At least five attacks on NATO fuel trucks in a week pose new threats to coalition forces fighting Taliban and al-Qaeda militants in Afghanistan, and additionally burden an already tense relationship between the United States and Pakistan, just as war in the region entered its 10th year on Oct. 7.
Gasoline-powered flames roared overhead and engulfed vehicles Oct. 6 at the Pakistan-Afghanistan border after gunmen torched more than 24 tankers carrying fuel to U.S. and other forces. A similar attack five days earlier incinerated 40 NATO transports. The attacks took place after Pakistani authorities closed a key border crossing in retaliation for a NATO helicopter attack in the area of the Khyber Pass that killed three Pakistani troops on Sept. 30. The closure left more than 6,000 transports stranded alongside highways leading to the border crossings-one leading to Kandahar where U.S. forces are fighting the Taliban, and another near Kabul, the capital. About 100 stopped vehicles in all were torched by gunmen during the first week of October, and at least four people killed.
The explosions signify an escalation of violent conflict following disclosures of terror threats leveled at European cities. On Oct. 3 the United States, Great Britain, France, and Germany issued new terror alerts warning of possible commando-style attacks in major European cities. At the same time NATO stepped up attacks by U.S. Predator and Reaper drones in the northwest tribal region of Pakistan, an area now tagged the global headquarters of al-Qaeda.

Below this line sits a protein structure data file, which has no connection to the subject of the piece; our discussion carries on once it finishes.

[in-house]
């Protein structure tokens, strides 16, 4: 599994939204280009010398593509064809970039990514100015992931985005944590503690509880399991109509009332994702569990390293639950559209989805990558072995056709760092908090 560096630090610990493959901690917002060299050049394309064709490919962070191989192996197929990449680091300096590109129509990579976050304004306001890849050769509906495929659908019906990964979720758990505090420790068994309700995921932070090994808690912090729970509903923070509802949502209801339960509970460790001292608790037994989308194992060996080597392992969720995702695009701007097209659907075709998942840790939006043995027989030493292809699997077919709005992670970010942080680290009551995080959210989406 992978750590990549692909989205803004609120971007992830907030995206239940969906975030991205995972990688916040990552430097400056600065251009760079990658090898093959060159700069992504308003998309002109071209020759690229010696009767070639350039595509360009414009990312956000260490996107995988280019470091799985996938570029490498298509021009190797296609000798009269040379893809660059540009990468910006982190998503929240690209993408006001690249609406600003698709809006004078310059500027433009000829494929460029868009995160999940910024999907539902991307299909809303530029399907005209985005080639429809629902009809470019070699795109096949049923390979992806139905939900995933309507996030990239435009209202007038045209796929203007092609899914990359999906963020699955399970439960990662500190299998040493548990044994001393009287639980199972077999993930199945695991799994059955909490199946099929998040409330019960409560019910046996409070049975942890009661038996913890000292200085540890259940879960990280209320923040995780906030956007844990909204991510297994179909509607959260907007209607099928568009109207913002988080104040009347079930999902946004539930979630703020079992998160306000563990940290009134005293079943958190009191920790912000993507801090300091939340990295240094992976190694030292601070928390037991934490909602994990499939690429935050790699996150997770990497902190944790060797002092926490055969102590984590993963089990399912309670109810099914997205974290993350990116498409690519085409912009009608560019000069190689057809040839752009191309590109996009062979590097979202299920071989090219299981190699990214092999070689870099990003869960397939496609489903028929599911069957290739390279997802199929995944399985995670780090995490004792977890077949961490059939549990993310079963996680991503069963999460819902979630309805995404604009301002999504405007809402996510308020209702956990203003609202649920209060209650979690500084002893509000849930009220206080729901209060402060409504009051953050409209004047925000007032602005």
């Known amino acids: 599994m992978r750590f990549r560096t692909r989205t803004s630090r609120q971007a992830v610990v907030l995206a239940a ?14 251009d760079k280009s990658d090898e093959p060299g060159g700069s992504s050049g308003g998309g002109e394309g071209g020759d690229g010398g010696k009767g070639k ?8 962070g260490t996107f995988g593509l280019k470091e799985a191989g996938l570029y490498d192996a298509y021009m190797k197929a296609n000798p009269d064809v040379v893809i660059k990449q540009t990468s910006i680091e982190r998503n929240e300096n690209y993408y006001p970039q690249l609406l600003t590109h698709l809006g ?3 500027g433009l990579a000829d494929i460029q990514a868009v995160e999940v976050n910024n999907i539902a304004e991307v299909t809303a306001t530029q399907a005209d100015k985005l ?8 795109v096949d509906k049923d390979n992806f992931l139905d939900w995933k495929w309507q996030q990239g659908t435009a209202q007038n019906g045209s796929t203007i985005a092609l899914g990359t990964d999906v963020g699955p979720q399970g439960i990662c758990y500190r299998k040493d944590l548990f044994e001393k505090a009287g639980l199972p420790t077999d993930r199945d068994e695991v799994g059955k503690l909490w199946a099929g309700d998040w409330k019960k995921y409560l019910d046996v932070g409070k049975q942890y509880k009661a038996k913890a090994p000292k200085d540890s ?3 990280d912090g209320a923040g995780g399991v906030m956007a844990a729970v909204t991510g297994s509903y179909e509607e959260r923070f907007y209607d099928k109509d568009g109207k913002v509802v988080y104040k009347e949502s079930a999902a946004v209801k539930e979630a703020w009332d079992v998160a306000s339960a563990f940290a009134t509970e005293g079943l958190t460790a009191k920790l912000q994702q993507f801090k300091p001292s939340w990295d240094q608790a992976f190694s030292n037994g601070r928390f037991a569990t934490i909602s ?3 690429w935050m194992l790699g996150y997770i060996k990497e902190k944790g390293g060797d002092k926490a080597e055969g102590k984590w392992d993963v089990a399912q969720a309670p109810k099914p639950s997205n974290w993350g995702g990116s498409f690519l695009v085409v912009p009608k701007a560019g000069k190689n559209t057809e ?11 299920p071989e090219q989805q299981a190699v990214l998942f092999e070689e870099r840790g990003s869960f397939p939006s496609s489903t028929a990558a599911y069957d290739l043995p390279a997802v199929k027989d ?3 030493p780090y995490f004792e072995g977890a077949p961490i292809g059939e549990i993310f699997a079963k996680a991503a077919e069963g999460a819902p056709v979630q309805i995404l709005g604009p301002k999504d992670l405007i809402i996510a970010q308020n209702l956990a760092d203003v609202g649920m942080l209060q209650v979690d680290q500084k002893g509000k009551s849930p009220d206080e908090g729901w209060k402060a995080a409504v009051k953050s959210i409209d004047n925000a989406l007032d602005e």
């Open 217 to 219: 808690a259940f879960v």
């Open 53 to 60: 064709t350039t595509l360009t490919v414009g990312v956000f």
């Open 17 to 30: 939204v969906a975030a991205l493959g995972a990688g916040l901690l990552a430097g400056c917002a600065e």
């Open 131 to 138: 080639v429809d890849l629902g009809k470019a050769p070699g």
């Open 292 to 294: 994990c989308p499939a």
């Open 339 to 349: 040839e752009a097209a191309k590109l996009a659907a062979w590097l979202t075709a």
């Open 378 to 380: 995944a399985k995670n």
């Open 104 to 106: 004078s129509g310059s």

The unmanned drones, flown remotely out of Creech Air Force Base in Nevada in a joint CIA and Air Force operation, remain a source of controversy. In 2009 there were 51 reported drone strikes in Pakistan's tribal areas, compared with 45 carried out during the entire Bush administration's supervision of the war. In 2010 there have been 81 reported drone strikes through Oct. 6.
A February report issued by the New America Foundation, using military and world press reports, found that drones killed up to 1,200 individuals, "of whom around 550-850 were described as militants in reliable press accounts," suggesting an across-the-board civilian fatality rate of 32 percent since 2004.
Some military experts find that civilian death rate unacceptable. "I realize that they do damage to the al-Qaeda leadership," David Kilcullen, an Australian Army officer who served as U.S. Gen. David Petraeus' top adviser in Iraq, told the House Armed Services Committee last year, reporting that drones had killed 14 senior al-Qaeda leaders, but also 700 Pakistani civilians. "The drone strikes are highly unpopular. They are deeply aggravating to the population. And they've given rise to a feeling of anger that coalesces the population around the extremists and leads to spikes of extremism," he said, concluding: "We need to call off the drones."
While many favor the drones because they perform combat tasks without putting U.S. military personnel directly at risk, the program could come into question should Republicans prove successful at taking leadership of the House or Senate in next month's elections. At least $120 million in funding for the Predator program has come through earmarks-allowing lawmakers to avoid an open vote on the controversial program-and GOP leaders in Congress have vowed to end earmarks under their leadership.